The Great Gatsby Project. Objective . Today I will review themes and symbols in The Great Gatsby and begin planning my project by choosing a theme and two symbols from the novel and explaining them in my own words on a half sheet of paper. Themes.
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As Fitzgerald saw it (and as Nick explains in Chapter 9), the American dream was originally about discovery, individualism, and the pursuit of happiness. In the 1920s depicted in the novel, however, easy money and relaxed social values have corrupted this dream, especially on the East Coast
One of the major topics explored in The Great Gatsby is the sociology of wealth, specifically, how the new millionaires of the 1920s differ from and relate to the country’s older, richest families. In the novel, West Egg and its occupants represent the newly rich, while East Egg and its occupants, especially Daisy and Tom, represent the old aristocracy.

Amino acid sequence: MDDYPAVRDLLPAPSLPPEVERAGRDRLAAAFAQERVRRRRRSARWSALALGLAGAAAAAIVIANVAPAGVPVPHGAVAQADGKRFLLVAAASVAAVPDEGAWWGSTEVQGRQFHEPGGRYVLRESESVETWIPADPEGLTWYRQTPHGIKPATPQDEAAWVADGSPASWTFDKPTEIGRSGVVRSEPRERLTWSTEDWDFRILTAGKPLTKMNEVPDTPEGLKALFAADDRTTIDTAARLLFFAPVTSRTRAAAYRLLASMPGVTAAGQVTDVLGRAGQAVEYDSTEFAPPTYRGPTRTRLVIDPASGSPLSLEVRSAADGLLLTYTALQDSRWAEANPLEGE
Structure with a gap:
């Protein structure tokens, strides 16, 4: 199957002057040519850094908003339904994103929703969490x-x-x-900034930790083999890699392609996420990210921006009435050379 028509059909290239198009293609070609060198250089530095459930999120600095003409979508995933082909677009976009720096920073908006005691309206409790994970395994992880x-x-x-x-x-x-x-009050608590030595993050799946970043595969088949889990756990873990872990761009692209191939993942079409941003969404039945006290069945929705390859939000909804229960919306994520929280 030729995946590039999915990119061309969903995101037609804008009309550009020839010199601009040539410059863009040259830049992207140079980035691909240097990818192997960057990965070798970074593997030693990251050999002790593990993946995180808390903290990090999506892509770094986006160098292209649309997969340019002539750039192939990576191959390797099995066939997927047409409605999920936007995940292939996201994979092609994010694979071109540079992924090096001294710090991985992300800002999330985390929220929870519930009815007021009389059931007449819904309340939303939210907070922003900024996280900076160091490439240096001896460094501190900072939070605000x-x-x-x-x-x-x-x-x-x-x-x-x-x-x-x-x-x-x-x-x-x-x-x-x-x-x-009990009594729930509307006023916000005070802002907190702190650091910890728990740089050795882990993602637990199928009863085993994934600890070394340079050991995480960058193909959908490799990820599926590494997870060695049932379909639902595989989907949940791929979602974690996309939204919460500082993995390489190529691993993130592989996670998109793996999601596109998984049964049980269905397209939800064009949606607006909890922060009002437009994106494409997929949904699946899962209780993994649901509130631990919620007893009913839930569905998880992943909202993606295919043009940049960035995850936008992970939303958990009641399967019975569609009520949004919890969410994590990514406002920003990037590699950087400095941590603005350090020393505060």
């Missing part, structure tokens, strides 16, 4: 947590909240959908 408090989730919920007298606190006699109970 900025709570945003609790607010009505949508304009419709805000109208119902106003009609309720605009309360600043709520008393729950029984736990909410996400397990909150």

It represents the moral and social decay that results from the uninhibited pursuit of wealth, as the rich indulge themselves with regard for nothing but their own pleasure. The valley of ashes also symbolizes the struggle of the poor, like George Wilson, who live among the dirty ashes and lose their strength as a result.
The eyes of Doctor T. J. Eckleburg are a pair of fading, bespectacled eyes painted on an old advertising billboard over the valley of ashes. They may represent God staring down upon and judging American society as a moral wasteland, though the novel never makes this point explicitly.